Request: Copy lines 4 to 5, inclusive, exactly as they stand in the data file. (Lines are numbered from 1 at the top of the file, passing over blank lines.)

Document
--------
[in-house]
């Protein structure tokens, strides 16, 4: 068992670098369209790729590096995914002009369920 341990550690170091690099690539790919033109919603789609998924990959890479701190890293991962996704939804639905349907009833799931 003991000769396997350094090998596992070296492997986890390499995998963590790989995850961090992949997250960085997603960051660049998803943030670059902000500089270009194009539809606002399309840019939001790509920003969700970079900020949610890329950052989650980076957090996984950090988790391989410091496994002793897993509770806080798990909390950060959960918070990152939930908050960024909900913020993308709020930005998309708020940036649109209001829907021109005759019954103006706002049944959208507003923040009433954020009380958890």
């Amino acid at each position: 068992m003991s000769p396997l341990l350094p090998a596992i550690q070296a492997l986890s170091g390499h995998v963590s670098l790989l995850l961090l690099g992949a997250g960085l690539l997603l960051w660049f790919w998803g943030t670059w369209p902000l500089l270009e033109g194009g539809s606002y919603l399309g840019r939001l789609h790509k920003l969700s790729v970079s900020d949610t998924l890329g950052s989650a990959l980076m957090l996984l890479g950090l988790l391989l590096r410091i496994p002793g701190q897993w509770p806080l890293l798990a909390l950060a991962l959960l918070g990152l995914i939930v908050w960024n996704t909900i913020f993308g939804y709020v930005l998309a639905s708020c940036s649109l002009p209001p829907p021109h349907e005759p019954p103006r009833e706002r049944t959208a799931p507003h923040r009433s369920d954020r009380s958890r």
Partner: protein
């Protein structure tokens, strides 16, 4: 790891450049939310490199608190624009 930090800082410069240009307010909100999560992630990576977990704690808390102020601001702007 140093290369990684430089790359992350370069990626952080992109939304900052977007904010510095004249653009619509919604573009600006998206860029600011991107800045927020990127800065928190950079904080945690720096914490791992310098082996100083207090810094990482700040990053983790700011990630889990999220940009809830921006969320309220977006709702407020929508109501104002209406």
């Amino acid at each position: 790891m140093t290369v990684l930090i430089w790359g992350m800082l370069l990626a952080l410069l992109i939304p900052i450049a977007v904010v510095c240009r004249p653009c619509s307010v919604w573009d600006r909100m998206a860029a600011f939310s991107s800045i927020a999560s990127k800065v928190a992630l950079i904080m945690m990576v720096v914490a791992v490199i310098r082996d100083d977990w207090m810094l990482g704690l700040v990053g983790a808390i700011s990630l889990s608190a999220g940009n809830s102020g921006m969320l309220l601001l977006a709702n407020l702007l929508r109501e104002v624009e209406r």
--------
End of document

Partner: protein
């Protein structure tokens, strides 16, 4: 790891450049939310490199608190624009 930090800082410069240009307010909100999560992630990576977990704690808390102020601001702007 140093290369990684430089790359992350370069990626952080992109939304900052977007904010510095004249653009619509919604573009600006998206860029600011991107800045927020990127800065928190950079904080945690720096914490791992310098082996100083207090810094990482700040990053983790700011990630889990999220940009809830921006969320309220977006709702407020929508109501104002209406």